Last week. Last week was something else. It was a lot. Not just a string of regular days. Rather, it was a string of stuffed days. And I’m not sure why yet, but I know it’s important for me to look back on those days, to write something down about them. To process them. Or to begin to process them.
Sunday 4/22. In the morning, I sit down to write something I have wanted to write for almost a year. Memories and emotion bubble up about a hard time in my life, a hard time that wasn’t long ago.
At noon, we take my big girls for their first haircuts. The tears are there. Behind my eyes. I hide them. I come home, sink into the couch, think of many things that happened the week before – my friend in the hospital, my friend who is in the middle of a terrible divorce, my friend whose mother had a breast cancer scare, my girls’ baby hair floating to the floor, my sister moving, my Dad being gone – and I succumb.
There are tears. I cry them in private. Into my pillow. I feel better. I feel. The hard thing, and amazing thing, about taking away your numbing tools? You actually feel everything.
Monday. Early in the morning, I hit publish. And I feel a surge of sunshine, and freedom. The response is immediate and extraordinary. The comments come all day long. I hear from people I know and those I don’t. Certain bits are said over and over: You are not alone. Thank you. Your story is my story. I attend a lovely Earth Day Celebration for Big Girl at Preschool. I stay up late that night – emailing people, thinking, writing, feeling – and hit the pillow hard, but I am literally smiling as I drift off.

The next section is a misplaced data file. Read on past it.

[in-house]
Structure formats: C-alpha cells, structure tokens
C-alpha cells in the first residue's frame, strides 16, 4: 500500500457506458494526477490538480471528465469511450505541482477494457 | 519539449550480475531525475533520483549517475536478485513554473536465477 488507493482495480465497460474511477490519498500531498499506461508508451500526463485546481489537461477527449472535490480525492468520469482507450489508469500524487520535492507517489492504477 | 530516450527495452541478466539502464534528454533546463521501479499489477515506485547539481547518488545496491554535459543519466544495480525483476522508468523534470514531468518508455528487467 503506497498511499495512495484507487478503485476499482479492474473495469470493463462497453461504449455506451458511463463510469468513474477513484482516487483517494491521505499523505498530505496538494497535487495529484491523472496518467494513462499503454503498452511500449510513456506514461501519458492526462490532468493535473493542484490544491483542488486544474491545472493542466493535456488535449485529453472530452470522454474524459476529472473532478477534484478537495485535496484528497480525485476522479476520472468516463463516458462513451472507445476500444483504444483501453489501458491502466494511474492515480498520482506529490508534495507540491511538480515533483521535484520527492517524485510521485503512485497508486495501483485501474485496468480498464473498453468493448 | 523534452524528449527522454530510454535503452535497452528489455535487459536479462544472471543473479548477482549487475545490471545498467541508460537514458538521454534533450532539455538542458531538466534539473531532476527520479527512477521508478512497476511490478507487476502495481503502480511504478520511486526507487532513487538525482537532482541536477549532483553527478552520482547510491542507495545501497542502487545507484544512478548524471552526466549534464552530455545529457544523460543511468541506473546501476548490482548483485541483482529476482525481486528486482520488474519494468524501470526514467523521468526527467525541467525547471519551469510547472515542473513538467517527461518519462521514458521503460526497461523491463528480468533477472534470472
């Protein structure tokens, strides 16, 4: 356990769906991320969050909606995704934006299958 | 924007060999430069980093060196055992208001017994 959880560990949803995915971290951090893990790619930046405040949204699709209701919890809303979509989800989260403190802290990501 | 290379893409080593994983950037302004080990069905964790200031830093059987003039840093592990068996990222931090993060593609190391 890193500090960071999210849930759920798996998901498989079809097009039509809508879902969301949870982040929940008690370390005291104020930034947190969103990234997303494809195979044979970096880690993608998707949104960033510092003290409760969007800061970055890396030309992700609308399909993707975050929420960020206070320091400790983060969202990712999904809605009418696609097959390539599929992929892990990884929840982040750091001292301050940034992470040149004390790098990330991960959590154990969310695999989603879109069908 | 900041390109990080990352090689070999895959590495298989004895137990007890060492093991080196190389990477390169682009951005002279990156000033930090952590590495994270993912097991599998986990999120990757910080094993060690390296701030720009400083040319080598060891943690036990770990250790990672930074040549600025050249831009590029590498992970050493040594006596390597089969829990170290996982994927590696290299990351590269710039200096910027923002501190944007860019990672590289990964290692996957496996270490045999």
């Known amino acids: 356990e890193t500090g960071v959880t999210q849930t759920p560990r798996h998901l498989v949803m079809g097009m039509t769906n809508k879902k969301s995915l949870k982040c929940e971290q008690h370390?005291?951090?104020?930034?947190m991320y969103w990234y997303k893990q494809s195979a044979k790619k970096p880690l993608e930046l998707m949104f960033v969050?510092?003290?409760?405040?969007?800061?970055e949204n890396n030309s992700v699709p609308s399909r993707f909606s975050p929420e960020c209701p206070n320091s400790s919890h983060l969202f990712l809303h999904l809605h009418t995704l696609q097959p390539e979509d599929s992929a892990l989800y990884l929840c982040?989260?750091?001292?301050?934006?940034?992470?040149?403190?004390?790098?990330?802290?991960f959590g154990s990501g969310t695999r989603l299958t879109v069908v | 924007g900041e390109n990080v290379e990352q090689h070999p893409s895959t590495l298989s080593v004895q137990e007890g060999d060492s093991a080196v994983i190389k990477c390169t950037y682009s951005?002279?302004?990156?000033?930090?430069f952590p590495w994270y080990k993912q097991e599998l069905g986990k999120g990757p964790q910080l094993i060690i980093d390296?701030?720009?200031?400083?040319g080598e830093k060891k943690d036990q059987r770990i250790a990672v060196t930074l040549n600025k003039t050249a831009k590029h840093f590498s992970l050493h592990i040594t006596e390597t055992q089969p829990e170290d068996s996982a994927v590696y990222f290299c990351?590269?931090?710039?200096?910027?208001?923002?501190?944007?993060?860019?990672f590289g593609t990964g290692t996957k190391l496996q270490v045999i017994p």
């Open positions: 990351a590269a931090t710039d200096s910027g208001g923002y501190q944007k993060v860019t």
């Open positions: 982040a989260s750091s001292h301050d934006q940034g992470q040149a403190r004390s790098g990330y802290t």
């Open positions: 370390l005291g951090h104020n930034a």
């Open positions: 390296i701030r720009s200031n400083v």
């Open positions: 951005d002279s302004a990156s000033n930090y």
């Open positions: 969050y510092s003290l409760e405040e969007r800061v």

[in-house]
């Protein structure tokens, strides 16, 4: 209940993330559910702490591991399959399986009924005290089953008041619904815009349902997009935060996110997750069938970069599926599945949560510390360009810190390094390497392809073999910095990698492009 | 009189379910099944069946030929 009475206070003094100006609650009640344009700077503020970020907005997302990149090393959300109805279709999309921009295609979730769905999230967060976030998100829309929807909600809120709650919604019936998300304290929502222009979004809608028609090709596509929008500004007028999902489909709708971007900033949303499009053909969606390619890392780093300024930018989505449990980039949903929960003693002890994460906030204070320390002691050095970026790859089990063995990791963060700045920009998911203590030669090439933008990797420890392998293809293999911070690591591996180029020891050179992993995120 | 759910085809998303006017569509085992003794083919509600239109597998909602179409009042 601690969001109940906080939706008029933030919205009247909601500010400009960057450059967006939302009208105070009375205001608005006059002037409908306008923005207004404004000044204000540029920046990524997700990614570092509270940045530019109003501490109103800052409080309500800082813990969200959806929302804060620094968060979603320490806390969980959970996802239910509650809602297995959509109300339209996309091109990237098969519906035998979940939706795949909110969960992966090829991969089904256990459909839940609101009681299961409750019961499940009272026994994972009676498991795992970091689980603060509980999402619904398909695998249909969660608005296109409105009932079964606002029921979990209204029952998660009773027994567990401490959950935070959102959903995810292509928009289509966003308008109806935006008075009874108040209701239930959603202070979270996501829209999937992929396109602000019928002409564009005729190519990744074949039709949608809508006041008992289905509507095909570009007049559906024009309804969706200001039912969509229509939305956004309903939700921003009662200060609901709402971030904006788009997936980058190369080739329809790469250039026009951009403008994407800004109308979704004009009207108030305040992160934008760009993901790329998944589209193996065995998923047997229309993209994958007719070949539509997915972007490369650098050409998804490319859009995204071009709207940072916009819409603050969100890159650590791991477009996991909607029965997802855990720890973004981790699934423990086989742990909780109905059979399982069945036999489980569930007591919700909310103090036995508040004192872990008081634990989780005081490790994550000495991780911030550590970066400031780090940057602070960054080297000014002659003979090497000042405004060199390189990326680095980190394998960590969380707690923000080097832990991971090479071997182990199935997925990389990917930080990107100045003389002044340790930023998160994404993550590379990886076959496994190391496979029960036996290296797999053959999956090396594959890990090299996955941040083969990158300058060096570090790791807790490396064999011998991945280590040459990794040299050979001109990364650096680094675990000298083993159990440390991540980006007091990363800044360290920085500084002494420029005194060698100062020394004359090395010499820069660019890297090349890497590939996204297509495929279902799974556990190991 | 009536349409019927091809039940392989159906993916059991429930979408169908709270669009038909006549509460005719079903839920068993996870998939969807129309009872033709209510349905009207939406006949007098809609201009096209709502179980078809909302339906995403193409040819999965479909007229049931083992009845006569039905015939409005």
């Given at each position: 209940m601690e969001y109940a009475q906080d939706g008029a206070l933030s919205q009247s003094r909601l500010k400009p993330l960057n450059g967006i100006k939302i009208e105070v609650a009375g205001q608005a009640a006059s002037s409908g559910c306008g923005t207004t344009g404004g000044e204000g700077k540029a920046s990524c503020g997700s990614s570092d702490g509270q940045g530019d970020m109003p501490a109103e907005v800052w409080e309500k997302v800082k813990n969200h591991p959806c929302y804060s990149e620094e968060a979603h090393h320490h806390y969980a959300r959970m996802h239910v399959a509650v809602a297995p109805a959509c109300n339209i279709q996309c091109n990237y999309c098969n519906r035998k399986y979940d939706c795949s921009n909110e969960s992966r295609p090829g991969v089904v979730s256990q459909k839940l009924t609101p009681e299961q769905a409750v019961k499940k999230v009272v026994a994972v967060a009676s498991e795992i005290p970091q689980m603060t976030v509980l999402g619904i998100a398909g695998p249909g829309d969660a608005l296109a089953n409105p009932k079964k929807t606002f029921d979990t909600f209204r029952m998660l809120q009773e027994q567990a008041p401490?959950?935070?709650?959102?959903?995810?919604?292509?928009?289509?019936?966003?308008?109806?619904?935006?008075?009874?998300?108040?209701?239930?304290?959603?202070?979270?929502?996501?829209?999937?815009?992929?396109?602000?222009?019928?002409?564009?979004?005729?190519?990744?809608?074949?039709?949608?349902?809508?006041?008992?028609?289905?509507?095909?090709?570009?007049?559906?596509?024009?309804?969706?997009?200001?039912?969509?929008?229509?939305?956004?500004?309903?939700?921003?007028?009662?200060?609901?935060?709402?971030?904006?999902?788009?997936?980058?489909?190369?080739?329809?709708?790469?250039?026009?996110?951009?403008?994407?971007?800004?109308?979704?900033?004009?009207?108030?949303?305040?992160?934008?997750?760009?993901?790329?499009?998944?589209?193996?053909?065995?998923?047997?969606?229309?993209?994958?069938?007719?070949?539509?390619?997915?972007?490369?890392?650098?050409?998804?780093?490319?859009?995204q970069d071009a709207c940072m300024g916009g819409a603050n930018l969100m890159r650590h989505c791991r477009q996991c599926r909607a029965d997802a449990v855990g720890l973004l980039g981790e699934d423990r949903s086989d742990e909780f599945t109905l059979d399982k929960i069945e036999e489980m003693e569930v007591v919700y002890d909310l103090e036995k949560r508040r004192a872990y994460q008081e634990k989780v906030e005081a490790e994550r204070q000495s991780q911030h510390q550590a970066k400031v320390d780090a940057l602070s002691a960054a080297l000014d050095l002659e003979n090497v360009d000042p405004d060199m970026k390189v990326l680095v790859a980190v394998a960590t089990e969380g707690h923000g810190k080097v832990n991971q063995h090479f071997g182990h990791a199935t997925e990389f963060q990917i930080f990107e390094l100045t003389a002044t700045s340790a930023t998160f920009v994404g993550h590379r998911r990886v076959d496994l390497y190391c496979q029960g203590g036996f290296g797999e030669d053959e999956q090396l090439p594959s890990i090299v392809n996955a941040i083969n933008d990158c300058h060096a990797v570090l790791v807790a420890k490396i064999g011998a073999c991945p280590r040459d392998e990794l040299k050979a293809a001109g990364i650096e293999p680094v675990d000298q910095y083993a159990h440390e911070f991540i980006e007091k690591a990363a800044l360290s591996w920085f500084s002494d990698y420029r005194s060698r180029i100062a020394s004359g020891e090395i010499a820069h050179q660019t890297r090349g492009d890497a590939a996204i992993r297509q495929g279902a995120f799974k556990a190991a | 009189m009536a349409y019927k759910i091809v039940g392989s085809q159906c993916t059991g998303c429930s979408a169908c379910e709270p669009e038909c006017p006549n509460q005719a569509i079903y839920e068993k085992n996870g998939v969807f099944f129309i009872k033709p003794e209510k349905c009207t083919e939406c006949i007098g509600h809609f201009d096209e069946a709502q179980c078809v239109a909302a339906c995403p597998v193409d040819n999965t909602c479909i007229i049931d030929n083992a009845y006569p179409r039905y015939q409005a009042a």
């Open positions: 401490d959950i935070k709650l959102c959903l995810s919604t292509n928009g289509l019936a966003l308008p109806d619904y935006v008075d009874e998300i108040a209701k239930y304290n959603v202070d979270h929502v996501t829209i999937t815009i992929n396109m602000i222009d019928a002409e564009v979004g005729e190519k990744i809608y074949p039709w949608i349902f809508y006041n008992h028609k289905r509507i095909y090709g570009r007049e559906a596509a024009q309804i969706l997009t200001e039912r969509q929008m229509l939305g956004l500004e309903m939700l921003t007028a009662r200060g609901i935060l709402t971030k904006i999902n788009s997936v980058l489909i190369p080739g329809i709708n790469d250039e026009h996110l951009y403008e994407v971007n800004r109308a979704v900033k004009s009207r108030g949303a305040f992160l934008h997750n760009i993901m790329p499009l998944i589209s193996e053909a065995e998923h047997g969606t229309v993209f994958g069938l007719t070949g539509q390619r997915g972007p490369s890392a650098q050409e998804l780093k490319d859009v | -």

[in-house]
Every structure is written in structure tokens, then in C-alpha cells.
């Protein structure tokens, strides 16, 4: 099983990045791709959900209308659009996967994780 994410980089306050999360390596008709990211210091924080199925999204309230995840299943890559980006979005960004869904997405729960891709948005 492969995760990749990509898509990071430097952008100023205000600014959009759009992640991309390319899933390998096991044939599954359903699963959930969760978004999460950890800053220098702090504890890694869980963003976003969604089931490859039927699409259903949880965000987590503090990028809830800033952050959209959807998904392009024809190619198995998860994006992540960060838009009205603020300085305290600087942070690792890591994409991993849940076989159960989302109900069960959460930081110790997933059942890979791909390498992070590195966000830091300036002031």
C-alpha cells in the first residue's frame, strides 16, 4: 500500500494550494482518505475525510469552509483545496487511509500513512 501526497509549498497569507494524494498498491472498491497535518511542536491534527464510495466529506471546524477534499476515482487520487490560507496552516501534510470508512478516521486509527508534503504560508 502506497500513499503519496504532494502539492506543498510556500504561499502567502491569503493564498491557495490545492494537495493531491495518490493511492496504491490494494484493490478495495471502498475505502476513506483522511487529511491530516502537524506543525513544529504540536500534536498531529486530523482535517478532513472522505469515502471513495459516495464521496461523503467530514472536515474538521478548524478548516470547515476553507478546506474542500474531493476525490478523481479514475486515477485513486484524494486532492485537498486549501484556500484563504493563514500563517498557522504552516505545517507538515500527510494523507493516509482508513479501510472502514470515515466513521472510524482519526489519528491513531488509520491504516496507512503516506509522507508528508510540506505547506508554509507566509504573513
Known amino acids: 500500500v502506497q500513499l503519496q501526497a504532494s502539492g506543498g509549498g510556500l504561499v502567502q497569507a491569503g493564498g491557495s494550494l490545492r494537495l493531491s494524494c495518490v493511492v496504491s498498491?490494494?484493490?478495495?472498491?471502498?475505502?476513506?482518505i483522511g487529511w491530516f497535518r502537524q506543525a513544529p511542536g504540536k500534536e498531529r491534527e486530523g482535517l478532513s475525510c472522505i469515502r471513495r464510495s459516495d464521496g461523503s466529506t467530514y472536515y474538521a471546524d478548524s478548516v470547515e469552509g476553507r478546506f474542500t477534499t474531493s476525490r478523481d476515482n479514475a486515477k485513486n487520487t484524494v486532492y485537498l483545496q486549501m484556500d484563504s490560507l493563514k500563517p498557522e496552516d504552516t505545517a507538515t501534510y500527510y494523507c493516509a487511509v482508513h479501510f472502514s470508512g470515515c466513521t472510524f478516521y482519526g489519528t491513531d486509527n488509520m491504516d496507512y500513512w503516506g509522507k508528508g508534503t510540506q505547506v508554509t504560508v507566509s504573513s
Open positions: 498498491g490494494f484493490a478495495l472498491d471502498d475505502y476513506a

Tuesday. A private lunch at the museum. We sit in a small room with a beautiful view and talk to research fellows about their fascinating and important work. We chat about bats and figs, about critical thinking and biodiversity.
That night, we attend the Tribeca Film Festival. We linger by the red carpet sipping our complimentary lattes. The film – Searching for Sugar Man – is breathtaking and bursting with wisdom. The story is unbelievable and there is a surprise live show after. I have a new favorite musician: Rodriguez.
Wednesday. Another lunch at the museum. This time it’s hundreds of people. We sit. Under that big and beautiful blue whale. I sit next to the man I love, the man I danced with under that whale seven-plus years ago. I think of our first song, its title still apropos, especially apropos, today – All I Want Is You. I roll new facts around in my brain – Teddy Roosevelt had upwards of 60 pets in the White House including a badger named Josiah. He was a caffeinated bloke; drank a gallon of coffee per day. He wrote books – plural – while he was president.
On Wednesday afternoon, we take Big Girl for Kindergarten Orientation at Dalton. We chase her around the school where my learning began. Her smile is small, but unmistakable. She leaves with a red “blast-off to Kindergarten” lollipop and a blue hat. I look at her, my tiny tiger, at the beginning of so much and my heart swells.
Thursday. In the morning, I publish a post about Dad. It’s a bit sad, a bit somber, but it’s real and I’m a fan of real. And I put it together only after the fact, but I publish these words on the very day I am due to attend a “cancer lunch” at NYU with Mom. I meet her there and am shocked to see it is a very intimate gathering of promising NYU cancer researchers and top members of the American Cancer Society. I sit there in my twirling chair, eating my humus, sipping my Diet Pepsi, amazed and utterly thankful that people out there are working so hard and thoughtfully to fight this dreaded disease. We tour research labs, winding between young people in white coats, trays full of beakers. It is all nothing short of incredible.